Education And Debate Health needs assessment

Development and importance of health needs assessment

BMJ 1998; 316 doi: https://doi.org/10.1136/bmj.316.7140.1310 (Published 25 April 1998) Cite this as: BMJ 1998;316:1310
  1. John Wright (wrightj@brihosp.mhs.compuserve.com), consultant in epidemiology and public health medicinea,
  2. Rhys Williams, professor of epidemiology and public healthb,
  3. John R Wilkinson, deputy director of public healthc
  1. a Bradford Hospitals NHS Trust, Bradford Royal Infirmary, Bradford BD9 6RJ
  2. b Nuffield Institute for Health, Leeds LS2 9PL
  3. c North Yorkshire Health Authority, York YO1 1PE
  1. Correspondence to: Dr Wright

    Most doctors are used to assessing the health needs of their individual patients. Through professional training and clinical experience we have developed a systematic approach to this assessment and we use it before we start a treatment that we believe to be effective. Such a systematic approach has often been missing when it comes to assessing the health needs of a local or practice population.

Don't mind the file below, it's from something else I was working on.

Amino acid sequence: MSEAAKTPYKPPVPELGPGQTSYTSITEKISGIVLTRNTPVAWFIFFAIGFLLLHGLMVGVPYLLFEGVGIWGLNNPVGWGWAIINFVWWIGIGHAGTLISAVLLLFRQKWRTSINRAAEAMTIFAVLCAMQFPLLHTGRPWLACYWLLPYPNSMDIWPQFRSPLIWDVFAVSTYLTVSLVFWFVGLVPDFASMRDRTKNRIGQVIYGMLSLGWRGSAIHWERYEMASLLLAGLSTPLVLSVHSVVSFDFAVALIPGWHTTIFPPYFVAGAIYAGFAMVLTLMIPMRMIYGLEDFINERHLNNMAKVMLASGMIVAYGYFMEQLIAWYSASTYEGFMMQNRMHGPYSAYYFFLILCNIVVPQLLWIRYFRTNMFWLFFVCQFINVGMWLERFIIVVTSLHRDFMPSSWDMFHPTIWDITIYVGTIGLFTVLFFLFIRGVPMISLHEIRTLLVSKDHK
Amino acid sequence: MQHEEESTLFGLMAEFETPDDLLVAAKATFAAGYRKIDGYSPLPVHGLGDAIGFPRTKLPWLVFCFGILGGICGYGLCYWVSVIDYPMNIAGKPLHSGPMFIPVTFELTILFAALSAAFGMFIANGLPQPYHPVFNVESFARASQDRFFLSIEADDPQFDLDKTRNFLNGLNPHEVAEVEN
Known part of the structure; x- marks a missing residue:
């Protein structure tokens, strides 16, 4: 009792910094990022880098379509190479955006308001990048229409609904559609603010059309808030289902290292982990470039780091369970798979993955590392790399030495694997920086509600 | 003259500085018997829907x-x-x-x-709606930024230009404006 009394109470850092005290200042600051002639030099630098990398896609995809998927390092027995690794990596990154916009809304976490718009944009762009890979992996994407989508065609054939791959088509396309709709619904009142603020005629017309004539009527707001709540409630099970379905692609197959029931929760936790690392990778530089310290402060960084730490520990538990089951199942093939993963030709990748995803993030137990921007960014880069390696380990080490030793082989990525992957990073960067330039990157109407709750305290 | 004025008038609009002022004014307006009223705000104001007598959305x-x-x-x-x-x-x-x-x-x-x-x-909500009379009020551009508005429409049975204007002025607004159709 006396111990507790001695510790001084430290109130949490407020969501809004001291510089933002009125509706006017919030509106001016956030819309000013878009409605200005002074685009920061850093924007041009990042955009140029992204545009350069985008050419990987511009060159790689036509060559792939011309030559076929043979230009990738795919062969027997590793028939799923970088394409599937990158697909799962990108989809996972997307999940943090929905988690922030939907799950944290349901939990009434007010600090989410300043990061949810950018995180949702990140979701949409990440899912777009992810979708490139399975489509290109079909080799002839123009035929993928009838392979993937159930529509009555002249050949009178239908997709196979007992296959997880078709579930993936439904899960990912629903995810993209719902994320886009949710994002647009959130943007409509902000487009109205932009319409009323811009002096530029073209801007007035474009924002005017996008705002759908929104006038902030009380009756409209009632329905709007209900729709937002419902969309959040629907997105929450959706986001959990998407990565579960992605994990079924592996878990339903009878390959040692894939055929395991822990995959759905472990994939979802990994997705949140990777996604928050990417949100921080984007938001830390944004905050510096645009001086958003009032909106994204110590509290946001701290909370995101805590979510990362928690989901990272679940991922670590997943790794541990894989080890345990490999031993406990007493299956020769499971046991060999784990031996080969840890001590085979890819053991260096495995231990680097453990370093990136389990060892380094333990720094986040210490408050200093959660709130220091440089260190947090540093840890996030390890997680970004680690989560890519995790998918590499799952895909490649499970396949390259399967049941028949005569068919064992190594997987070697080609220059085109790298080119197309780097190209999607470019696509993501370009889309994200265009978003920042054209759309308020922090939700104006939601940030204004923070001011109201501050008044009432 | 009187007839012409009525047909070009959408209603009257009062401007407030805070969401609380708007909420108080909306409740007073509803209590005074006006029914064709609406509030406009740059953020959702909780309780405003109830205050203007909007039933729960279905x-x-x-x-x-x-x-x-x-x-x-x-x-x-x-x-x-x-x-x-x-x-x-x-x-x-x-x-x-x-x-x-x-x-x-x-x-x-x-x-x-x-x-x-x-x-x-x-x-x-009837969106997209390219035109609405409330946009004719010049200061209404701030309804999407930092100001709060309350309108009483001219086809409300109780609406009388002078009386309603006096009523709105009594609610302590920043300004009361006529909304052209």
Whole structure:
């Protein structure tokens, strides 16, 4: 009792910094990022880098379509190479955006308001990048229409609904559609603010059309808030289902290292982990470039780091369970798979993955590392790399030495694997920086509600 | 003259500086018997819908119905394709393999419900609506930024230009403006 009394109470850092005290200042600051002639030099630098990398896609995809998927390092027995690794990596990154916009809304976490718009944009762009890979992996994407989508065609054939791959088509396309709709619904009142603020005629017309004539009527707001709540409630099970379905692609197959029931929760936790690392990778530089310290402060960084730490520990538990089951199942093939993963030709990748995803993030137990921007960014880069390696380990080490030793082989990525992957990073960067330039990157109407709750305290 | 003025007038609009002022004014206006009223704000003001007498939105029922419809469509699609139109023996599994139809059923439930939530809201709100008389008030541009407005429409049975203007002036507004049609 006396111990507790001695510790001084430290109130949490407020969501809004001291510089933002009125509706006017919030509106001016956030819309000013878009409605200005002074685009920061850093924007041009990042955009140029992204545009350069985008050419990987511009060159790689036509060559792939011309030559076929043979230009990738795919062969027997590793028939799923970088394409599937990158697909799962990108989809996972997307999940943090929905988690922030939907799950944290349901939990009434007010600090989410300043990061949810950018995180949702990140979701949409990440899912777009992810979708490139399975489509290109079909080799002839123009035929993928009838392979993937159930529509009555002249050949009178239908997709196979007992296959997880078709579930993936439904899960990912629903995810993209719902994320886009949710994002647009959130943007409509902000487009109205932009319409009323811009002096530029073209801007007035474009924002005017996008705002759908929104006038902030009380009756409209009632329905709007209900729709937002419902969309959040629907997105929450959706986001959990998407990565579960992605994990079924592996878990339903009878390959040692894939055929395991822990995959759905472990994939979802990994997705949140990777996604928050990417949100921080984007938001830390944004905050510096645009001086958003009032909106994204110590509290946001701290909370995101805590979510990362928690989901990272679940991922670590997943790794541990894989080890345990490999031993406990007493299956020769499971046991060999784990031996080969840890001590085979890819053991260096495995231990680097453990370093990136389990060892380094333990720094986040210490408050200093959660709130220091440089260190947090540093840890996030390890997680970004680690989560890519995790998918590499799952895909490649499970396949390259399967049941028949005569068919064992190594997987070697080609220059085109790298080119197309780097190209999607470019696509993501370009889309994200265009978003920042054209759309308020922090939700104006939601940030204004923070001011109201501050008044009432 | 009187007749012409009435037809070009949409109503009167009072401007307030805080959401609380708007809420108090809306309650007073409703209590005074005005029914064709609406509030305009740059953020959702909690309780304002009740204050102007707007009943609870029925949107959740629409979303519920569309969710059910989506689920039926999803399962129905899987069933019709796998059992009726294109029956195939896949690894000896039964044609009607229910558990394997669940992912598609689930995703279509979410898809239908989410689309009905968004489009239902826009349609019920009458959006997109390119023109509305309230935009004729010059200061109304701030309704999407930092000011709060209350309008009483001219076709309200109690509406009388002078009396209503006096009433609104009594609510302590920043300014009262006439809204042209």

The health needs of individual patients coming through the consulting room door may not reflect the wider health needs of the community. If people have a health problem that they believe cannot be helped by the health service, then they will not attend. For example, many people with angina or multiple sclerosis are not known to either their local general practitioner or to a hospital specialist. 1 2 Other groups of patients who may need health care but do not demand it include homeless people and people with chronic mental illness.

    Distinguishing between individual needs and the wider needs of the community is important in the planning and provision of local health services. If these needs are ignored then there is a danger of a top-down approach to providing health services, which relies too heavily on what a few people perceive to be the needs of the population rather than what they actually are.

    Summary points

    Health needs assessment is the systematic approach to ensuring that the health service uses its resources to improve the health of the population in the most efficient way

    It involves epidemiological, qualitative, and comparative methods to describe health problems of a population; identify inequalities in health and access to services; and determine priorities for the most effective use of resources

    Health needs are those that can benefit from health care or from wider social and environmental changes

    Successful health needs assessments …

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